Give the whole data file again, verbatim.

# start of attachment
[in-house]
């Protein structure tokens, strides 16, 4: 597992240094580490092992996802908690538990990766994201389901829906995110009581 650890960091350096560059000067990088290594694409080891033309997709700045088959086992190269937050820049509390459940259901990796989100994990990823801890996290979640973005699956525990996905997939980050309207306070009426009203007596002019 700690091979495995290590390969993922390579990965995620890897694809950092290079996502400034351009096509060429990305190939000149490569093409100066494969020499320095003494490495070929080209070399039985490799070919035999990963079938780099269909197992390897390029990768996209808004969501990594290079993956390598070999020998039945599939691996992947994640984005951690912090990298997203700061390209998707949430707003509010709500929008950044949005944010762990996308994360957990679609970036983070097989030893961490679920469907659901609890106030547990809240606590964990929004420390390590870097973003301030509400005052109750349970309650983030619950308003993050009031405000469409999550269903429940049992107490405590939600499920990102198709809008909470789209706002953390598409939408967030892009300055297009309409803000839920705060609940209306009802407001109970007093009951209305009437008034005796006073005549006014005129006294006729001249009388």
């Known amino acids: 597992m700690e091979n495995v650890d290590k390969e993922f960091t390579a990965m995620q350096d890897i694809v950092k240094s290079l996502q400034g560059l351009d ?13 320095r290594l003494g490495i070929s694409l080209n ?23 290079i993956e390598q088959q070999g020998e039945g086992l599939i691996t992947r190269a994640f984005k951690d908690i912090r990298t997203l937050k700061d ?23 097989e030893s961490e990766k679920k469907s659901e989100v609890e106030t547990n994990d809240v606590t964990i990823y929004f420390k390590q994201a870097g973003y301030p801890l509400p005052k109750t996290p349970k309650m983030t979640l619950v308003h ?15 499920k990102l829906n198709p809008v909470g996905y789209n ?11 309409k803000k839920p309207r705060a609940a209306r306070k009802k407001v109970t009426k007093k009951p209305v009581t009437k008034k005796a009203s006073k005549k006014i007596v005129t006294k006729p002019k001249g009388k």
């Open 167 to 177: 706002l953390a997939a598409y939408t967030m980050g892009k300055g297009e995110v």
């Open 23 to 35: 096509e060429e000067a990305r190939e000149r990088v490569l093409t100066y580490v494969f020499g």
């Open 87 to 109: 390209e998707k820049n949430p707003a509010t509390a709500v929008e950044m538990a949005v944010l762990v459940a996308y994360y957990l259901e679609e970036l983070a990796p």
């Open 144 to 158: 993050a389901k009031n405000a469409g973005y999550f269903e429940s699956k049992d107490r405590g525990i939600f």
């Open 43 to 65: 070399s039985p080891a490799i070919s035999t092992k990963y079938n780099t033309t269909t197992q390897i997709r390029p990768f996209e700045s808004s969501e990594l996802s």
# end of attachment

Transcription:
[in-house]
């Protein structure tokens, strides 16, 4: 597992240094580490092992996802908690538990990766994201389901829906995110009581 650890960091350096560059000067990088290594694409080891033309997709700045088959086992190269937050820049509390459940259901990796989100994990990823801890996290979640973005699956525990996905997939980050309207306070009426009203007596002019 700690091979495995290590390969993922390579990965995620890897694809950092290079996502400034351009096509060429990305190939000149490569093409100066494969020499320095003494490495070929080209070399039985490799070919035999990963079938780099269909197992390897390029990768996209808004969501990594290079993956390598070999020998039945599939691996992947994640984005951690912090990298997203700061390209998707949430707003509010709500929008950044949005944010762990996308994360957990679609970036983070097989030893961490679920469907659901609890106030547990809240606590964990929004420390390590870097973003301030509400005052109750349970309650983030619950308003993050009031405000469409999550269903429940049992107490405590939600499920990102198709809008909470789209706002953390598409939408967030892009300055297009309409803000839920705060609940209306009802407001109970007093009951209305009437008034005796006073005549006014005129006294006729001249009388």
């Known amino acids: 597992m700690e091979n495995v650890d290590k390969e993922f960091t390579a990965m995620q350096d890897i694809v950092k240094s290079l996502q400034g560059l351009d ?13 320095r290594l003494g490495i070929s694409l080209n ?23 290079i993956e390598q088959q070999g020998e039945g086992l599939i691996t992947r190269a994640f984005k951690d908690i912090r990298t997203l937050k700061d ?23 097989e030893s961490e990766k679920k469907s659901e989100v609890e106030t547990n994990d809240v606590t964990i990823y929004f420390k390590q994201a870097g973003y301030p801890l509400p005052k109750t996290p349970k309650m983030t979640l619950v308003h ?15 499920k990102l829906n198709p809008v909470g996905y789209n ?11 309409k803000k839920p309207r705060a609940a209306r306070k009802k407001v109970t009426k007093k009951p209305v009581t009437k008034k005796a009203s006073k005549k006014i007596v005129t006294k006729p002019k001249g009388k």
């Open 167 to 177: 706002l953390a997939a598409y939408t967030m980050g892009k300055g297009e995110v």
């Open 23 to 35: 096509e060429e000067a990305r190939e000149r990088v490569l093409t100066y580490v494969f020499g």
């Open 87 to 109: 390209e998707k820049n949430p707003a509010t509390a709500v929008e950044m538990a949005v944010l762990v459940a996308y994360y957990l259901e679609e970036l983070a990796p």
């Open 144 to 158: 993050a389901k009031n405000a469409g973005y999550f269903e429940s699956k049992d107490r405590g525990i939600f």
């Open 43 to 65: 070399s039985p080891a490799i070919s035999t092992k990963y079938n780099t033309t269909t197992q390897i997709r390029p990768f996209e700045s808004s969501e990594l996802s």